Of course, the novelist in me, back when I first ‘made this up’ and now that it’s being seriously considered needs to ask, “What of the unintended consequences?”

In Eighth Day, the first test of the Mapping and subsequent mind control it lead to, was the subliminal slanting of a Presidential Election!  Hmm?   Nah!

Even if the “Brain Activity Map” project is totally benign in its intent, can we be sure the human minds that attain that knowledge will be equally benign? How much data will be shared with other governments and factions around the world who might like a shorter distance between indoctrination and devotion. And don’t get me started with Madison Avenue.

Those who have read Eighth Day might be quick to point out, “Oh Tom, you’re just reaching here. In your book it was a machine. Here, in real life, it’s just a study!” To those who point that out I say, “Yes, you’re right.”

Or… maybe not. Especially when you read later on in the Times Article,

‘The Obama initiative is markedly different from a recently announced European project that will invest 1 billion euros in a Swiss-led effort to build a silicon-based “brain.” The project seeks to construct a supercomputer simulation using the best research about the inner workings of the brain.’

Okay, now, even I’m scared… and I “wrote the book!”

Click here to watch a video or click here to read more about this wonderful new initiative.

Don’t Forget to Wash Your Hands

“It looks like it’s shaping up to be a bad flu season, but only time will tell.”

– Dr. Thomas Frieden, National Centers for Disease Control and Prevention

Tom Avitabile  |  The Hammer of GodIn The Hammer of God, the inciting incident of the book is a flu vaccine shortage which is caused by nefarious forces overseas, resulting in half the number of vaccinations necessary to guard the public.

That is step one of a two-step biological attack; take away the first line of defense – which would be the flu vaccine. Then the second part of the attack was to unleash a really nasty airborne bug on the public. So the bad guys weren’t contaminating the flu vaccine to be their vehicle to do harm. They contaminated the supply to take it off the market.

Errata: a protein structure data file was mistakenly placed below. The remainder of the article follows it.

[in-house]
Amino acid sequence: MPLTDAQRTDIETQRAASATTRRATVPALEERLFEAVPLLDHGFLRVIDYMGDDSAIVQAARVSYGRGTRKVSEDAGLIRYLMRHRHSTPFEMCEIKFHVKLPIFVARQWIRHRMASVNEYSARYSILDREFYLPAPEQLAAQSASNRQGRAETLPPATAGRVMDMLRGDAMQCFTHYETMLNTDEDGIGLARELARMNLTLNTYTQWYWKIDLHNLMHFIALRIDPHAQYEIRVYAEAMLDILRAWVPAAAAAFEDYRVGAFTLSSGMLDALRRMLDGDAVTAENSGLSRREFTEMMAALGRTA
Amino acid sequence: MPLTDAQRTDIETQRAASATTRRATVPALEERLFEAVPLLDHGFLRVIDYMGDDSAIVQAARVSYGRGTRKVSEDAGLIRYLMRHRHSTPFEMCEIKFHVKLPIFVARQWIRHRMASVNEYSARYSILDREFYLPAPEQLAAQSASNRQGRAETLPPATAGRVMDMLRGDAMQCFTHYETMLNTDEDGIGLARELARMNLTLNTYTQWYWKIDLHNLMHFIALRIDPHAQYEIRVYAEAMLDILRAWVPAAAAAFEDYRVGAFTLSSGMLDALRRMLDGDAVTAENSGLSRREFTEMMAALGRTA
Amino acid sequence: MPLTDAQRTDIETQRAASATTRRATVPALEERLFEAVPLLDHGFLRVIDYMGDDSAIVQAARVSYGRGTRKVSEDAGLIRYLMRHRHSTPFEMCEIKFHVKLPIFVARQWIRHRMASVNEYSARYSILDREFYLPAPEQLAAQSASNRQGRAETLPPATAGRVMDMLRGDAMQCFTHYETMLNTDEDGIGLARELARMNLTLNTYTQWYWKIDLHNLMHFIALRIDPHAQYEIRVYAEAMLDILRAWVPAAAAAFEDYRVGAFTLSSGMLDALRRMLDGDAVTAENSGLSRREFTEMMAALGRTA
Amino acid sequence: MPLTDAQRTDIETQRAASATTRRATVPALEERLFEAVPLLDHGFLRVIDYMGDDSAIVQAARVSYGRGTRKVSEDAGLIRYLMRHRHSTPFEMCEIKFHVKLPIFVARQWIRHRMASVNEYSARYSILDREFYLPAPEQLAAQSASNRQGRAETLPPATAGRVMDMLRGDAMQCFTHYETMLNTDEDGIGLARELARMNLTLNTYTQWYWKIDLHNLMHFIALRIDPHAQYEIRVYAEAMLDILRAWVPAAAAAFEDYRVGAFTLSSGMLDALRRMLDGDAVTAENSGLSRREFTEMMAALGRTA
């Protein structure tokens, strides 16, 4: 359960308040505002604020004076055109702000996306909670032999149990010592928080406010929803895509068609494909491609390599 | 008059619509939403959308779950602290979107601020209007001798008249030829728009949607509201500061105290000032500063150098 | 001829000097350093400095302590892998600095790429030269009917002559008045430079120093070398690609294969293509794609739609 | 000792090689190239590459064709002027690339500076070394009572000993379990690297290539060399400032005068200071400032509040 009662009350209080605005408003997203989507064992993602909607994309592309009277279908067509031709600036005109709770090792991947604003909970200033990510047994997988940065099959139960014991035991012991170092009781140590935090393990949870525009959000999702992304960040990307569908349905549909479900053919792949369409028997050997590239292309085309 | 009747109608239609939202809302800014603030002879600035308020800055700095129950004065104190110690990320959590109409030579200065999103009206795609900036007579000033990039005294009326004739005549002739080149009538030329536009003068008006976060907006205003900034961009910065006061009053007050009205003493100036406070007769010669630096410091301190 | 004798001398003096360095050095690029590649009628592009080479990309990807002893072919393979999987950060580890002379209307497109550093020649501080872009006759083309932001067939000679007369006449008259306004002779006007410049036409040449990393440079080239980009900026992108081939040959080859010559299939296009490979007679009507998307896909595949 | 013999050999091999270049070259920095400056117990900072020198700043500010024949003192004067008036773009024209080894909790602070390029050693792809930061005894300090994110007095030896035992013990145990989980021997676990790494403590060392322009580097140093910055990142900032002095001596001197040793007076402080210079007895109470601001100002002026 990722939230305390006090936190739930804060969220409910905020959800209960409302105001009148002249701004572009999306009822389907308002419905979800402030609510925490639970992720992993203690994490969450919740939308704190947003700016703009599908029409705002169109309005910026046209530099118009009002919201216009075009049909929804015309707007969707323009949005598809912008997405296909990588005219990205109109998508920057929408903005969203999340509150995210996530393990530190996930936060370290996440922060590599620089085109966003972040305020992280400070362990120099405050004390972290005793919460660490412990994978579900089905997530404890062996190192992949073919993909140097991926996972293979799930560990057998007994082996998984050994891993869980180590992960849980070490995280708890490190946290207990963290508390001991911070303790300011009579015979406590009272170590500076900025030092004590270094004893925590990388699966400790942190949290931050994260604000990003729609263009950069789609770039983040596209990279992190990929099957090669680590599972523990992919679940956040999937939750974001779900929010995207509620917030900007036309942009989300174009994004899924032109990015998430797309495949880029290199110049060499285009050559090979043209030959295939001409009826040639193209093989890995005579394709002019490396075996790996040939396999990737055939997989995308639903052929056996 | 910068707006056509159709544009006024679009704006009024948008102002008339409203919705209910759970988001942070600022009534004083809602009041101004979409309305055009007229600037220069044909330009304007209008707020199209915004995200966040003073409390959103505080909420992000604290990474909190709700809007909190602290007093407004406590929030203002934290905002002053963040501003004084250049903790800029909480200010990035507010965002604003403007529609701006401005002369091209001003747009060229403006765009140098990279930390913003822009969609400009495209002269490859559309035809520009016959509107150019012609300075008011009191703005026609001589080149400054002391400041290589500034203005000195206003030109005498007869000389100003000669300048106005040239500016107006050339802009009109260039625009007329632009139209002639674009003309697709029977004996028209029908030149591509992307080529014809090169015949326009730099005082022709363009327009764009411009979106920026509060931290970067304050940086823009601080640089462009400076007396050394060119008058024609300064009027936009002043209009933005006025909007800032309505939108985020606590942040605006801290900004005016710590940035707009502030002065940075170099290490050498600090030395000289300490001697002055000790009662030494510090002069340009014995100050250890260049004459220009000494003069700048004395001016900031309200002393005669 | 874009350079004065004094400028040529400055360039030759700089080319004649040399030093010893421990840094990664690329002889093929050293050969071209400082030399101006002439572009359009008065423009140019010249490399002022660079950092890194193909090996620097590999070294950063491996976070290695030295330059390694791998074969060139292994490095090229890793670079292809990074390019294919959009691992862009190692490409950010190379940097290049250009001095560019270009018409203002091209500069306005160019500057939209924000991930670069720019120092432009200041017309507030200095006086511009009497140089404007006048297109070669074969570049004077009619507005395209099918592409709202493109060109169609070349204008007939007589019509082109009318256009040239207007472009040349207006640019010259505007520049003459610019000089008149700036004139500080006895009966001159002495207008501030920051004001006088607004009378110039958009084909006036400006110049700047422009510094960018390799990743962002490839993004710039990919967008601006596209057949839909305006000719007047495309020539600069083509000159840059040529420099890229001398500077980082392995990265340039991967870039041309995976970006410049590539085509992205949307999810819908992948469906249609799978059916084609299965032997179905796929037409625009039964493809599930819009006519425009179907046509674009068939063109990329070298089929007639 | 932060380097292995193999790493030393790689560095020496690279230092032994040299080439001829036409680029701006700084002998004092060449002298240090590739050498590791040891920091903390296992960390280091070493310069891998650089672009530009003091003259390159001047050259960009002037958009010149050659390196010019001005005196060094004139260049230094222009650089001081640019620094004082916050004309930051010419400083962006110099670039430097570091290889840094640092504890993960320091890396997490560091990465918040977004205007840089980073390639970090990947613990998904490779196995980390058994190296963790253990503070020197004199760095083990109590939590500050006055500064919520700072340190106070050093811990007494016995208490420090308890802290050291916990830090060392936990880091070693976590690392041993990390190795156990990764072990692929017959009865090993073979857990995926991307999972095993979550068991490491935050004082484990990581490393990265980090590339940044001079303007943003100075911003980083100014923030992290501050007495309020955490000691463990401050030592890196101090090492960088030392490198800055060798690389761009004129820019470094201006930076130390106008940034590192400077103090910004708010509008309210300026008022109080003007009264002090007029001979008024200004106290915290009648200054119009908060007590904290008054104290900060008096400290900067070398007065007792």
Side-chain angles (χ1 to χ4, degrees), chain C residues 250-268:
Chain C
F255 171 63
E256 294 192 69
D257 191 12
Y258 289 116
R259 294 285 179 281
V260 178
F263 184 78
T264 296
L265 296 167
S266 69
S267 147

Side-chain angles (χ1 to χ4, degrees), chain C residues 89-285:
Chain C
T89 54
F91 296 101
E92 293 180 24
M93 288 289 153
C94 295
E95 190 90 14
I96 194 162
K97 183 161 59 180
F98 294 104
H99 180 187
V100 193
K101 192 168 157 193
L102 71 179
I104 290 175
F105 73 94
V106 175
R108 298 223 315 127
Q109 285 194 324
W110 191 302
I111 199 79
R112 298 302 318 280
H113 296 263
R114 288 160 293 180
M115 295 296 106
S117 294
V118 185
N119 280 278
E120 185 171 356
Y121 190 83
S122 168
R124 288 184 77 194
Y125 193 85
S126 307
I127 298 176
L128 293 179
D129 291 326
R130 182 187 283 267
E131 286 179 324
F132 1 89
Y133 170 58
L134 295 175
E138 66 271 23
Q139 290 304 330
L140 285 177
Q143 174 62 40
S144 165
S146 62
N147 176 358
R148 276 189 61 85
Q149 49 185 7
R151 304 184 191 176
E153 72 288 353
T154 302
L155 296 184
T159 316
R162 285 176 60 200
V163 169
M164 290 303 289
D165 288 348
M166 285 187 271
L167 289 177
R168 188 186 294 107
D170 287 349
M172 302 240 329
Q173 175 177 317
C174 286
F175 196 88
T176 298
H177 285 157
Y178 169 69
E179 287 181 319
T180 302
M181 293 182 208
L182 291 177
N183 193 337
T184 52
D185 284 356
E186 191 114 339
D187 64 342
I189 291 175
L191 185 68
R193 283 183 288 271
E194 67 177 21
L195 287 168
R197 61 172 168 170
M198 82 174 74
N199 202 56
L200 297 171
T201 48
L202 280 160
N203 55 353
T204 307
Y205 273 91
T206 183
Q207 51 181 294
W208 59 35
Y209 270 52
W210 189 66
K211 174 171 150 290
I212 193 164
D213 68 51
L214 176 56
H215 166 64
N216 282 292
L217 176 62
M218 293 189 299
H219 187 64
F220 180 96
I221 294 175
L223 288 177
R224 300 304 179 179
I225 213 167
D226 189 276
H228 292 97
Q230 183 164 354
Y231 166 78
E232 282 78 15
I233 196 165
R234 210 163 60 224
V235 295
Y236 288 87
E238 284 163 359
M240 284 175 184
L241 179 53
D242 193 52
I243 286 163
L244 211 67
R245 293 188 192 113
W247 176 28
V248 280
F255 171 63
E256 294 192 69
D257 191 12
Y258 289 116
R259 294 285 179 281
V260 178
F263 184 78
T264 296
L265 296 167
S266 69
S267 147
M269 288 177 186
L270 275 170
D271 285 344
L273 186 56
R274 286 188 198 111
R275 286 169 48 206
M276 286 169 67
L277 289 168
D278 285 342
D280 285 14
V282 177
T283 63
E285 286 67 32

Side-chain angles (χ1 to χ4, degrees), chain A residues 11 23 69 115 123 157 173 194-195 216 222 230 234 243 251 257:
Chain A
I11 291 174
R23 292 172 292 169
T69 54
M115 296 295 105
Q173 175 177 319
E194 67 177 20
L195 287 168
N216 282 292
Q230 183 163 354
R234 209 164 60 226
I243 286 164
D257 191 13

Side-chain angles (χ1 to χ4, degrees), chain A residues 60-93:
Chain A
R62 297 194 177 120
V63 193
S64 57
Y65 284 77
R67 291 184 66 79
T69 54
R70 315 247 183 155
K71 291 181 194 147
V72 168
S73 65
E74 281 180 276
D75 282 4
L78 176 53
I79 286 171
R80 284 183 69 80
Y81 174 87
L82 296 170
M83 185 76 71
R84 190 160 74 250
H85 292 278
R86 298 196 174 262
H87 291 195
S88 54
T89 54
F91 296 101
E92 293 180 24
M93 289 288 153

This created a situation, in my book, where during the onset of the attack, people had symptoms that mimicked the flu – and no one suspects anything is awry. The airborne bug’s dormant stage lasts five to six days, taking the world by surprise when the infected take an extreme turn for the worse and people start to die.

It seems like we should be very cognizant of foreign suppliers producing this and other vaccines because their production and distribution lines might be interrupted more easily.

Of course, this being a book about my hero, he thwarts the attack. The mastermind is arrested and becomes a bargaining chip in the escalated terror plot to follow. But the groundwork is there in the story; this is a weak pressure point in the threat matrix aimed at this country.

I am confident in the safeguards that had somebody tried to manipulate or add something nasty to the flu vaccine, it would set off alarm bells and triggers. The far greater insidious plot device is simply to render us unprotected and willing to accept high numbers of infections as the new normal – when in fact it’s anything but. It is the start of an attack.

Remember: wash your hand often.

Blogscript

ABC has decided to cancel my absolute, all-time favorite show: The Last Resort.

When you read The God Particle you’ll see one of my main characters is the USS Tom Avitabile | The God ParticleNebraska – a trillion dollar missile boat (luckily on our side). That’s why I am so distraught over the cancelling of this series, whose main star is the USS Colorado, the sister ship of the Nebraska.

Besides I looove the dialogue…to the point where I say “Damn, I wish I would have written that!”

Please take a moment and email ABC. Tell them to keep the Last Resort afloat.

My Internal War on Woman… Defending my inner female

In a discussion with a friend, I was relating an aversion I was having about pushing for an answer from a Hollywood Studio that is currently considering my third book, The God Particle, as a potential big budget blockbuster.

Now, truth be told, this whole adventure started much like the nine other phone calls that were going to change my life. In every prior case, I was fearless, I aggressively followed up, I dared to ask uncomfortable questions, to probe the true dynamic in play. With this drummed up courage and “damn the torpedoes” attitude I went full speed ahead, braced and buttressed against the disappointing news that eventually came. But the stinging barbs of “oooo so close” and “We love it but…” bounced off me like bullets off Superman.

But not this time! This time I am filled with apprehension. Dreading the phone, not wanting to tempt fate, or anger the Gods. It is a very uncomfortable place for me to be. But the question is why? Why this time, why this manuscript? (the others were mostly screenplays). At first I thought the answer to be self-evident… Age! As you get older you get… well, soft. You become tired of the bumps and bruises you never noticed before. But that didn’t quite fit. During this same time I have put my butt on the line for hundreds of thousands of dollars worth of production and media time, by taking on projects with impossible goals and deadlines. I have relished the challenge. Never shrinking away but embracing the opportunity to perform beyond 100% and prove to myself that I can adapt, innovate and overcome any situation, in life and in business.